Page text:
Strange Star Wars Stories
To say that the internet went crazy when the trailer for Star Wars: The Force Awakens was released is a massive understatement. People posted comments about having goosebumps, and even crying after seeing the trailer. Love it or hate it, Star Wars is a phenomenon that shows absolutely no sign of fading.
As with anything this popular in culture, there are bound to be some incredible stories related to this FORCE (pun intended) of nature.
1. The Star Wars fan who has a collection of more than 300,000 items
Incredibly, toys and merchandise from the Star Wars franchise are just as popular as ever with each passing generation. As of 2012, since Star Wars was last released, $20 billion (and counting) worth of licensed goods has been sold, on top of the $4.4 billion in tickets and $3.8 billion in home entertainment products. Today, Star Wars is consistently among the top five licensed toy brands.
In the 1970's, 20th Century Fox let George Lucas pass up an additional $500,000 directing fee for the first Star Wars. Instead, he was allowed to keep the licensing and merchandising rights for himself – a decision that would make the director rich beyond his wildest dreams and cost the studio billions.
Steve Sansweet is the world's biggest collector of Star Wars memorabilia. The journalist and author created Rancho Obi-Wan, a museum in Petaluma, California that houses his collection of an estimated 300,000 unique Star Wars items.
Sansweet's collection contains everything including lunch boxes, action figures, vending machines and even pieces of the actual Death Star used in the original film. This ultimate collector also has more than 3,000 posters, books from 37 countries in 34 languages, 30,000 trading cards, stickers, postcards, playing cards, and other items that George Lucas doesn't even own.
To make it official, Sansweet made it into the Guinness Book of World Records for his collection.
2. The fan who wanted to be laid to rest by Stoomtroopers
The next person on our list proves that once you're a Star Wars fan, you're one for life. Heck, he even showed that he was a fan of the films even in death.
In February 2015, Gordon Deacon had his last wishes come true when he had two of his favorite loves combined at his funeral. The man, who hailed from Cardiff, Wales, had his coffin flanked by a group of Stormtroopers while loved ones wore their Liverpool FC shirts in tribute to him.
The Stormtroopers, along with bounty hunter Boba Fett, led the horse-drawn carriage funeral procession to St Margaret's Church. Anyone who wanted to wear a Darth Vader outfit, though, was out of luck. Nobody was allowed to wear black at the service.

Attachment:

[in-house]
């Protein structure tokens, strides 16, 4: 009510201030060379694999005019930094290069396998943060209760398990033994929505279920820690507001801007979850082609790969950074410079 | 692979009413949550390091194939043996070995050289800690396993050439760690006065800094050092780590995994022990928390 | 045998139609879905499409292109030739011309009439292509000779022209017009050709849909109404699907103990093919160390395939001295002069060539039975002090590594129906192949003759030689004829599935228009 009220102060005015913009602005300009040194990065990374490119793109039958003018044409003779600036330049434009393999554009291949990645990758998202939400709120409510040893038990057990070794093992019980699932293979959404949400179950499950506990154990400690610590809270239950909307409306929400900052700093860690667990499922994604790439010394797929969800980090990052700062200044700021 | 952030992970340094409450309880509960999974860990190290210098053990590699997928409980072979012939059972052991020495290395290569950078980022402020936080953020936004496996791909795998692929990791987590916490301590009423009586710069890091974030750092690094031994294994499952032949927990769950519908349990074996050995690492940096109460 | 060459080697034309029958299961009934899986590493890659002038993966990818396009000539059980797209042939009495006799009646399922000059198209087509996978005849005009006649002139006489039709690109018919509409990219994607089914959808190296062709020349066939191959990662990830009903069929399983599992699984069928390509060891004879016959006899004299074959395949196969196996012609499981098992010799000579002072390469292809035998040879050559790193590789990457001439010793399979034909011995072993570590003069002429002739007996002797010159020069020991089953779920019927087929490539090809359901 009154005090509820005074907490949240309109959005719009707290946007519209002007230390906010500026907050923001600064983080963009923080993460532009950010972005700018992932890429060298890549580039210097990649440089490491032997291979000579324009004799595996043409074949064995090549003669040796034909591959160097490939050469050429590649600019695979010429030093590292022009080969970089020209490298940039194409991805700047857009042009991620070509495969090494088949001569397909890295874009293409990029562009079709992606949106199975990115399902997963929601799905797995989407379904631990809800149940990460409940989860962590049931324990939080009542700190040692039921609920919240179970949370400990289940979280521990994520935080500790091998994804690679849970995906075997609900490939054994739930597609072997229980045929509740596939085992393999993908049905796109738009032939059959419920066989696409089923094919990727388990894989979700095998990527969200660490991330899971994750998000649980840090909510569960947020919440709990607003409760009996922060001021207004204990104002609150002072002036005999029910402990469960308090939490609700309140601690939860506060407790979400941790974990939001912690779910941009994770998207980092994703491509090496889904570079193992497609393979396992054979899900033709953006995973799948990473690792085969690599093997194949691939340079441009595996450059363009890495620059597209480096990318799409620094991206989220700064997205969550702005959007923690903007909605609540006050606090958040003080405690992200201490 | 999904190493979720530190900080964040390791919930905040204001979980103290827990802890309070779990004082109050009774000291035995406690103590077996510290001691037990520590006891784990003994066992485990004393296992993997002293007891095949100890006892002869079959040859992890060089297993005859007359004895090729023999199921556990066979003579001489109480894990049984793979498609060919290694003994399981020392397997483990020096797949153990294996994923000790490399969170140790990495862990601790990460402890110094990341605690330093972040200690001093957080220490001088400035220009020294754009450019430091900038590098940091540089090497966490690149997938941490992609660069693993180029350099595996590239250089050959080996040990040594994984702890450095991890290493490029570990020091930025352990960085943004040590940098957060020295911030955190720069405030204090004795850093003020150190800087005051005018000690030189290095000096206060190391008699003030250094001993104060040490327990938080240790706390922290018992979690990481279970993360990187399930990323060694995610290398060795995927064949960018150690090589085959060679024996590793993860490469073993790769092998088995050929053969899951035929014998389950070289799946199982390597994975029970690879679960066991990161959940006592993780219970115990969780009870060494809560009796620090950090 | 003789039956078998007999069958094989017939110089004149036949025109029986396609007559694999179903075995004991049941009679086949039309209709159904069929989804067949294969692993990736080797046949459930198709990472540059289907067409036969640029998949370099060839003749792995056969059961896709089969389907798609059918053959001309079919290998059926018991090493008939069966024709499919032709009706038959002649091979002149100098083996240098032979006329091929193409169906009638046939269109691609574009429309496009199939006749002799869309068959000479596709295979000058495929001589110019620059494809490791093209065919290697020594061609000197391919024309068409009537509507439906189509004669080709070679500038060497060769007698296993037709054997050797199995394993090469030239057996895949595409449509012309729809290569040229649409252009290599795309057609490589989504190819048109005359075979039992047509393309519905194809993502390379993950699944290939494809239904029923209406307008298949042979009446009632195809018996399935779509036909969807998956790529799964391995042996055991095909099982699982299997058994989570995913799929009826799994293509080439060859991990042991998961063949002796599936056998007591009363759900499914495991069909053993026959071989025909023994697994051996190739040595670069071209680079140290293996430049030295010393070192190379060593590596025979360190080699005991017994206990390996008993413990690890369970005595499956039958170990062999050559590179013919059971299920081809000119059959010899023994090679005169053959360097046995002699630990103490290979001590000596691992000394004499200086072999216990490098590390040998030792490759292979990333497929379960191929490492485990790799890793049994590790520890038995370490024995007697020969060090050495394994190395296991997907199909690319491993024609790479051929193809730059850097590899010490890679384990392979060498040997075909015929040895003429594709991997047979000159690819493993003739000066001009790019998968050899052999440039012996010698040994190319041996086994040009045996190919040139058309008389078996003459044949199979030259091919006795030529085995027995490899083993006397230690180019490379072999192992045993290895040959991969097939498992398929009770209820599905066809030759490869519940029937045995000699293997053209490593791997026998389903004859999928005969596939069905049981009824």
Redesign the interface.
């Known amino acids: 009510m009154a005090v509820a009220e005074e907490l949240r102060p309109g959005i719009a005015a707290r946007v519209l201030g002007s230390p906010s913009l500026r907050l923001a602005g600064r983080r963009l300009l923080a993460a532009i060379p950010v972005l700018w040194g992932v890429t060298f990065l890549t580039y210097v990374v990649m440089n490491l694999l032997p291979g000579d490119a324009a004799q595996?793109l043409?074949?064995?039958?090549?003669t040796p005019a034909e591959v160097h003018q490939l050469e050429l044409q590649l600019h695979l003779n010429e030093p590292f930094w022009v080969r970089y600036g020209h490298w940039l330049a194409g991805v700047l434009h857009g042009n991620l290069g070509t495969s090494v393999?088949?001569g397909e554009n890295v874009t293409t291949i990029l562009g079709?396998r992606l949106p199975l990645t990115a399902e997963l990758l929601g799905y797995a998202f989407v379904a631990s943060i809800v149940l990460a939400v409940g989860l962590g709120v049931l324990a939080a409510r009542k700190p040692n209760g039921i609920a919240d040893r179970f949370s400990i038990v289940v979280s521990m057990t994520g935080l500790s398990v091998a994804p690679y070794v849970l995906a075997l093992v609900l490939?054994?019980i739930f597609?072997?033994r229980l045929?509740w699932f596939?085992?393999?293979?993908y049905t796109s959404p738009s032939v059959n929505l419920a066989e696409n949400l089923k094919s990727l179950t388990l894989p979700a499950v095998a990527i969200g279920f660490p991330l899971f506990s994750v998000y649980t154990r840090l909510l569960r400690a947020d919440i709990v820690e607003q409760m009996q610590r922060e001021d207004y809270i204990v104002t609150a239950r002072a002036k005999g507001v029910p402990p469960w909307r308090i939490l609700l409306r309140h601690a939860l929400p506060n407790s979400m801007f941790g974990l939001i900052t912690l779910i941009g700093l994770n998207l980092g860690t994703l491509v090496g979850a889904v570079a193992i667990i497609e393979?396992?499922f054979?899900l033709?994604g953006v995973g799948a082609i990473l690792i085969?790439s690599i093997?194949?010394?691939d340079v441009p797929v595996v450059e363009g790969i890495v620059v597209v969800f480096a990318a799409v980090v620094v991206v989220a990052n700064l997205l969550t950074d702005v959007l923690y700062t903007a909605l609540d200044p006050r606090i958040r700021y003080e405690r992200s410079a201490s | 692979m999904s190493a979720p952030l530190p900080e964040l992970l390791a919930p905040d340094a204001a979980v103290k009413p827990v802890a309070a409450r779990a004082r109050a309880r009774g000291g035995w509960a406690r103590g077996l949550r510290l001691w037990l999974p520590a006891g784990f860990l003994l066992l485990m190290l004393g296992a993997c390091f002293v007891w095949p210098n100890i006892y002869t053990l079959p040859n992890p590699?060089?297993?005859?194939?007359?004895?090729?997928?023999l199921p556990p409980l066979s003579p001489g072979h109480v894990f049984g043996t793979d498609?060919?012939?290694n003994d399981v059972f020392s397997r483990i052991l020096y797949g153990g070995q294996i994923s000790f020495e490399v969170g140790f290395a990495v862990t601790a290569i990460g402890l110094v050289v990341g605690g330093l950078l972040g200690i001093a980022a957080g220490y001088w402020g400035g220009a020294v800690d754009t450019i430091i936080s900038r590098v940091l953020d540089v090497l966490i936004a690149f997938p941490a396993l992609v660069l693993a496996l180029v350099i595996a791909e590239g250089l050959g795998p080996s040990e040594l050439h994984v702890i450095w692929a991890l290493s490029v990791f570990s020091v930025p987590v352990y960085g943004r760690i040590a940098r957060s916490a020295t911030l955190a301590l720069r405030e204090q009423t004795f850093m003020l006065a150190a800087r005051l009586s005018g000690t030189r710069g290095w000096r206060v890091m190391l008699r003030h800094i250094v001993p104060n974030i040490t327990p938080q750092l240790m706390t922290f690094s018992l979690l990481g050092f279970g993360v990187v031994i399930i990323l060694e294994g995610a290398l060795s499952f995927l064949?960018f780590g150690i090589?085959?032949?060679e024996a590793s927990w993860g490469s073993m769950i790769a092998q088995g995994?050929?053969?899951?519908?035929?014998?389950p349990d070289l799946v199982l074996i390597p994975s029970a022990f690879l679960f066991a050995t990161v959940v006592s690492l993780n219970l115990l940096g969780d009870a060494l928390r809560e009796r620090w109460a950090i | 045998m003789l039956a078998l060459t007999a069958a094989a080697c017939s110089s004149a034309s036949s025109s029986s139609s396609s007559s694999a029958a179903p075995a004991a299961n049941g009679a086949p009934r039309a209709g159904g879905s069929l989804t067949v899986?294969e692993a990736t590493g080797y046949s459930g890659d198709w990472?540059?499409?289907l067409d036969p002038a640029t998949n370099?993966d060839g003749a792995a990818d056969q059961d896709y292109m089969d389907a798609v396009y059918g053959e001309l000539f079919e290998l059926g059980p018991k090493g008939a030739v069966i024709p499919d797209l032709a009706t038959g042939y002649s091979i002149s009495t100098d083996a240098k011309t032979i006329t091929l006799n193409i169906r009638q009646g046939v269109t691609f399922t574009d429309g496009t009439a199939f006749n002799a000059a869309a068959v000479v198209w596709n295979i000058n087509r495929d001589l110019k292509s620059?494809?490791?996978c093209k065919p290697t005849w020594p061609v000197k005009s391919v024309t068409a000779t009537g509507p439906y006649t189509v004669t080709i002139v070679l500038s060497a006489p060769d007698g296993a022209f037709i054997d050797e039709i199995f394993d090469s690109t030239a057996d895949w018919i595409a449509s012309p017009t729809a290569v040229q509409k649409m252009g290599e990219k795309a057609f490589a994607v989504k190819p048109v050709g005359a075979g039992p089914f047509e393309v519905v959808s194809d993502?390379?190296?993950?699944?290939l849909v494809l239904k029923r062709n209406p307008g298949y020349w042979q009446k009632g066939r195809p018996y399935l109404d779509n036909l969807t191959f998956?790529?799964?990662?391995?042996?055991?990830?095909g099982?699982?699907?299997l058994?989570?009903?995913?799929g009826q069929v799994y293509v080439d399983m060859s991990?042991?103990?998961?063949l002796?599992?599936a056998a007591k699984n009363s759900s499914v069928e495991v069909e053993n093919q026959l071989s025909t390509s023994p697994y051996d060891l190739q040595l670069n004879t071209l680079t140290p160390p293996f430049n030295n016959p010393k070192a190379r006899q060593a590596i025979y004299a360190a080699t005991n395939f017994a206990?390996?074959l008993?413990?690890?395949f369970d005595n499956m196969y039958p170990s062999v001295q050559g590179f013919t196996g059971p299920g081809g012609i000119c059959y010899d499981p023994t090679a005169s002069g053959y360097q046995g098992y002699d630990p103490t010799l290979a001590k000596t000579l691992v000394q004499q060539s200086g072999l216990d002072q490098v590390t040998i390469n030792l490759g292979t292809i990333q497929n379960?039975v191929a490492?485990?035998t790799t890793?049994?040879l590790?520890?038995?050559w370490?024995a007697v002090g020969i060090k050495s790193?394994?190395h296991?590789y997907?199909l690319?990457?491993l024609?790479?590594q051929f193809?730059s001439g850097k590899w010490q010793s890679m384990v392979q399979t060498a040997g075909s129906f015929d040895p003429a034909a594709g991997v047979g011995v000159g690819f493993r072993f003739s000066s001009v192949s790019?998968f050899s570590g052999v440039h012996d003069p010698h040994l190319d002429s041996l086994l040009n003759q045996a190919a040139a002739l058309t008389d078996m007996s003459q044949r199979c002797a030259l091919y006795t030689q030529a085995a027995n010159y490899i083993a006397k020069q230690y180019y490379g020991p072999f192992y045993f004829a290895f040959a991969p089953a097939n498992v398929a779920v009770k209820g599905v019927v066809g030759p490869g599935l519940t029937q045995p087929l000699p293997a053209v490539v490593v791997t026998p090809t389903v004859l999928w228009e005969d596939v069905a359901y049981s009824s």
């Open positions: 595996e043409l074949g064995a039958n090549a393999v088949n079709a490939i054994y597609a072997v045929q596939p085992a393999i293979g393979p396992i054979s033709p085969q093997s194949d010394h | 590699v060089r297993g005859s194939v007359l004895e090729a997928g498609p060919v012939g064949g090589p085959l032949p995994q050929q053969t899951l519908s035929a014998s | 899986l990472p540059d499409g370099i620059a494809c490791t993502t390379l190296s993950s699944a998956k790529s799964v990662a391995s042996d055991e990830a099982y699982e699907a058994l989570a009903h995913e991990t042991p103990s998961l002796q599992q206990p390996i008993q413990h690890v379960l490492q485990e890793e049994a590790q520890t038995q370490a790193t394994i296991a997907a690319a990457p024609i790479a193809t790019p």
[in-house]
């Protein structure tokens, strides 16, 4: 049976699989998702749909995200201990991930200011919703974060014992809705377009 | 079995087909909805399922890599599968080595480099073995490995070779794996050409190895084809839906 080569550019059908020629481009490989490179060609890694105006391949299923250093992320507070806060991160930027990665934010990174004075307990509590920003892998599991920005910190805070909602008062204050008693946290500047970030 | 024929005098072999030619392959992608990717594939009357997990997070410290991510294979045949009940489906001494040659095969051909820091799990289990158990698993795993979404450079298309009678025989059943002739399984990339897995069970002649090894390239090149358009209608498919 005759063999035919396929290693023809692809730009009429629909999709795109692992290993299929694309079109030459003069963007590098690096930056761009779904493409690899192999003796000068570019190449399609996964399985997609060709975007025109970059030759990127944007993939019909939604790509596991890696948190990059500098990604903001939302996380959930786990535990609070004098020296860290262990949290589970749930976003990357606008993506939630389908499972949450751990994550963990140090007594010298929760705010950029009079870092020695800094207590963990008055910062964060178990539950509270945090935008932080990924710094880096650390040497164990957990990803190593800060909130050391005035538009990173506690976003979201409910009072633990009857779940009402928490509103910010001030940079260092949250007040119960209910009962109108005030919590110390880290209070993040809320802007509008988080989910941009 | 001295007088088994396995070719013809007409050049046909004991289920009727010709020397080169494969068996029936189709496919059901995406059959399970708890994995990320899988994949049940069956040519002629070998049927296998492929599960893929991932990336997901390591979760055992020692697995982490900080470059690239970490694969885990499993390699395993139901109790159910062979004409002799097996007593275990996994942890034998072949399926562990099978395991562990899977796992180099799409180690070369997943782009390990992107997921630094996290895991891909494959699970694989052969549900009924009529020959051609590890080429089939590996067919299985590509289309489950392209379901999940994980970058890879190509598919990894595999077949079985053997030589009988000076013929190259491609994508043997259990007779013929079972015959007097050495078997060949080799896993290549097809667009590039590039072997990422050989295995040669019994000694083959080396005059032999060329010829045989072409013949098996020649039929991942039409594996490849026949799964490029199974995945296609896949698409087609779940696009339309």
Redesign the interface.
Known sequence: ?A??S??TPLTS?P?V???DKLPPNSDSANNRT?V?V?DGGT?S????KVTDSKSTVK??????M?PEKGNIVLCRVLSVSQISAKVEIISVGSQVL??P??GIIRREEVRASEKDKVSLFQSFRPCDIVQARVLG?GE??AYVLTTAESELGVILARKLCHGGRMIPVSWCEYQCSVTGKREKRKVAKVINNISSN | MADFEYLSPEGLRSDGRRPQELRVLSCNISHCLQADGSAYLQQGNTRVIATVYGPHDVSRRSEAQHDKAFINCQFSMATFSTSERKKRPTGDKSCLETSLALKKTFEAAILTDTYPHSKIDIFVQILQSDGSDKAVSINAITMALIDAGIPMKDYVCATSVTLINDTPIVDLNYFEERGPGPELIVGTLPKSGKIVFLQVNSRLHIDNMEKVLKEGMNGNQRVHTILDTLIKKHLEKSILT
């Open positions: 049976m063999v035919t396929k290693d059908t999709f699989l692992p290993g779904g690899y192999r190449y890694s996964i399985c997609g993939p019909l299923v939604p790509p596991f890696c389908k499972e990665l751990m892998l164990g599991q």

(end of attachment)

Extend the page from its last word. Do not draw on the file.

A Stormtrooper floral wreath was also arranged for the ceremony, along with a Liverpool FC shirt made of flowers.
3. The fan who made his own Millennium Falcon
Sometimes you just have to take matters into your own hands. The Star Wars super fan known only as Olivier decided to make his own working Millennium Falcon out of a drone!
The drone looks exactly like Han Solo and Chewbacca's ship, except that it has a few holes in the frame for the quadcopter's propellers.
The French fan doesn't want to stop with the Falcon. Word is that he's currently working on a TIE Fighter.
4.The lost Star Wars Holiday Special that George Lucas wishes you never saw
By 1978, a year after Star Wars hit movie screens, the film was a pop culture phenomenon. The sequel, The Empire Strikes Back, had yet to be completed. And there was a Star Wars TV special that aired only once, on November 17, 1978.
If you expected more of the same kind of space swashbuckling that the first Star Wars movie offered, you came to the wrong place. The program starred all of the main actors from the first Star Wars film – Mark Hamill, Carrie Fisher, Harrison Ford. Even Anthony Daniels and Kenny Baker reprised their roles as C3PO and R2-D2. The show's loose plot has Han Solo visiting Chewbacca's planet and Wookie family, including his son, Lumpy, to celebrate Life Day. But sadly, the show is interspersed with by a series of musical numbers, celebrity appearances, and other variety-show acts, including songs and comedy routines by such 1970s celebrities as Jefferson Starship, Diahann Carroll, Art Carney, Harvey Korman, and Bea Arthur. Yes, that Bea Arthur, who does a musical number.
Add Carrie Fisher singing the Star Wars theme and you have a giant, galactic turd. What did George Lucas think of the special? The only time he talked about it publicly, he is quoted as saying, "If I had the time and a sledgehammer, I would track down every copy of that show and smash it.”
Oh well, at least the show introduced the Boba Fett character to the Star Wars lexicon.